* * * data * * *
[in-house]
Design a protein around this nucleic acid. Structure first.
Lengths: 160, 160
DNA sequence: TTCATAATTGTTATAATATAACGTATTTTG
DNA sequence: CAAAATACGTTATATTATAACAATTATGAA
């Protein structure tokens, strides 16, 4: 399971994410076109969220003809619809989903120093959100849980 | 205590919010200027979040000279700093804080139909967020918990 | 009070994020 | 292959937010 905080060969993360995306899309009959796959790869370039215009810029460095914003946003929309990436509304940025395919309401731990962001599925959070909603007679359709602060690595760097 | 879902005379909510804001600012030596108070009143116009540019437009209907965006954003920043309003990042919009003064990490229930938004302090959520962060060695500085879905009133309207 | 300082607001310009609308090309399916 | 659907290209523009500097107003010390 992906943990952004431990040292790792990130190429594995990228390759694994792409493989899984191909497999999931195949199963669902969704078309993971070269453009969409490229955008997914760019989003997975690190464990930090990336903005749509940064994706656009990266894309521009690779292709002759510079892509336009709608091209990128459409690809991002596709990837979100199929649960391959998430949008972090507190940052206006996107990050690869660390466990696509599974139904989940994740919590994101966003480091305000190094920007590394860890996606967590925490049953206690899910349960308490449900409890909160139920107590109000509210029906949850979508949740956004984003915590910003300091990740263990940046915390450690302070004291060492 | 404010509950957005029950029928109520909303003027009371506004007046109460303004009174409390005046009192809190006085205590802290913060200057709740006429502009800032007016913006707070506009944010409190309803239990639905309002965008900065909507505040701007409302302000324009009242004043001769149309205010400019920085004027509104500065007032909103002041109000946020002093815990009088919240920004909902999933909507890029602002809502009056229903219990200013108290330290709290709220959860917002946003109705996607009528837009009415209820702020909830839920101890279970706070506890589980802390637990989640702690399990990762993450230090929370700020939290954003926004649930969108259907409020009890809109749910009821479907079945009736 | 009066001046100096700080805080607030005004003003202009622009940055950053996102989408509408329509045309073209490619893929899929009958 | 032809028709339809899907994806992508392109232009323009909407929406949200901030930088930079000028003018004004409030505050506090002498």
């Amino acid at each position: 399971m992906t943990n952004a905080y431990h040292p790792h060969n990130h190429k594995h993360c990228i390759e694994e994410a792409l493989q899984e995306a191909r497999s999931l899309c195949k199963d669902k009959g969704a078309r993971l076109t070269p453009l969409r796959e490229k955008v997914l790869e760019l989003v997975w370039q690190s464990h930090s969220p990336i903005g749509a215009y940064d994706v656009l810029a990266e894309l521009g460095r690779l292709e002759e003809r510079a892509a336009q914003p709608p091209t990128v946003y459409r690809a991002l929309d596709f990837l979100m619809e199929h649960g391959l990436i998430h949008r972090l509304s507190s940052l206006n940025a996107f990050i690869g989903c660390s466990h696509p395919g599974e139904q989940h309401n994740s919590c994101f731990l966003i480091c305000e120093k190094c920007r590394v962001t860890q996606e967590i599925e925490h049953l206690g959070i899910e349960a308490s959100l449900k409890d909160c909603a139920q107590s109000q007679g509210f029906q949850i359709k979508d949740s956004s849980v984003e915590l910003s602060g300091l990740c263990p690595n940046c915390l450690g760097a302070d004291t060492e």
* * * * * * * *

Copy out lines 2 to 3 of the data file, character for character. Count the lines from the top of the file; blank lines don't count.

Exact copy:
Design a protein around this nucleic acid. Structure first.
Lengths: 160, 160